The integrity and operational problems of blowout preventers (BOPs) will be followed up by the Petroleum Safety Authority Norway (PSA) through its membership of the International Regulators’ Forum (IRF).
The present status of the industry’s work on well control issues was presented at the IRF’s offshore safety summit in Stavanger today.
One session of this conference was devoted to updates of the most important items on the IRF’s strategic agenda, where BOPs and well control occupy a key place.
Backed by a mass of expert contributions, the industry’s work on improving well control and BOP integrity and efficiency was summed up by Steve Kropla and Steve Cromar.
They are respectively group vice president of the International Association of Drilling Contractors (IADC), and chair of the wells expert committee at the International Oil and Gas Producers Association (OGP).
Delegates were urged in particular to read the deepwater wells report on well design and drilling operations from the OGP’s global industry response group (Girg).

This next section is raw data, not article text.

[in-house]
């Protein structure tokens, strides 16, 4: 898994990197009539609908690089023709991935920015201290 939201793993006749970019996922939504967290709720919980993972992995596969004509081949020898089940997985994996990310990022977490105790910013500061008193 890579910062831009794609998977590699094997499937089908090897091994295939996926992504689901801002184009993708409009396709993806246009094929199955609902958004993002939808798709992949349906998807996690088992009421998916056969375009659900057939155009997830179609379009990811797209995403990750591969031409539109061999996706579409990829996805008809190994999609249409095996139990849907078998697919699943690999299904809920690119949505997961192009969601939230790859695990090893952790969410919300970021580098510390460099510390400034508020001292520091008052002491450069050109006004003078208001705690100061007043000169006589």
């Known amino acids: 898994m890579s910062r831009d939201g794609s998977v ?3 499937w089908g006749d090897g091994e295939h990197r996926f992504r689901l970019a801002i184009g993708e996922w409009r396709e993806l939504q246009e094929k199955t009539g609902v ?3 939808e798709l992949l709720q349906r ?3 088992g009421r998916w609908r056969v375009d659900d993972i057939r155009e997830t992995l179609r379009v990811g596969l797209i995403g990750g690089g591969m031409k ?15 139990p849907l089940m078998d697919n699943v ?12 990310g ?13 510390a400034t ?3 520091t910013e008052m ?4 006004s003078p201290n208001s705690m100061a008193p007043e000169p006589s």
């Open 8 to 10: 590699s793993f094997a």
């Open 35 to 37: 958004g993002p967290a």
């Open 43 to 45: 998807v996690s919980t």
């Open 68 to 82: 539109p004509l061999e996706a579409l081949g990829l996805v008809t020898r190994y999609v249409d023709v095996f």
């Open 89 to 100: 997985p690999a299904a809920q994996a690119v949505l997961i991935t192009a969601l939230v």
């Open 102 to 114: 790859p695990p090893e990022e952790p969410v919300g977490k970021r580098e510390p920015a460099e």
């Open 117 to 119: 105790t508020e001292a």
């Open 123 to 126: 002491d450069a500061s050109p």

Mr Cromar commented that this document spells out the answers to key challenges facing the industry.
A key conclusion from the PSA’s follow-up to the Deepwater Horizon disaster is the need for a full review of BOP integrity and operational issues related to well control.
“To ensure robust solutions, we must look at the way safety barriers are incorporated in BOPs for both fixed installations and mobile units,” said Magne Ognedal, director general of the PSA.
“Today’s status report will accordingly make an important contribution to future work both by the government and in the Norwegian petroleum industry.”
The IRF’s members agreed at their annual conference in Vancouver last year to establish a strategic agenda which would focus particular attention on the most important issues.
Improving well control and the reliability of BOPs is one of these five key topics, and the PSA has been given the job of following up this important subject.
When introducing Messrs Kropla and Cromar, Mr Ognedal expressed great expectations of the work launched by the industry to overcome the challenges presented by BOPs and well control.
“The natural course for us was to approach the industry owners of these problems,” he said. “So we contacted the IADC and the OGP with a number of questions about existing systems and equipment.
“Today’s review of recommendations from the industry shows that much good work is being done. We now face the long and demanding route from studies and recommendations to actual implementation.”
Source:Ptil , October 5, 2011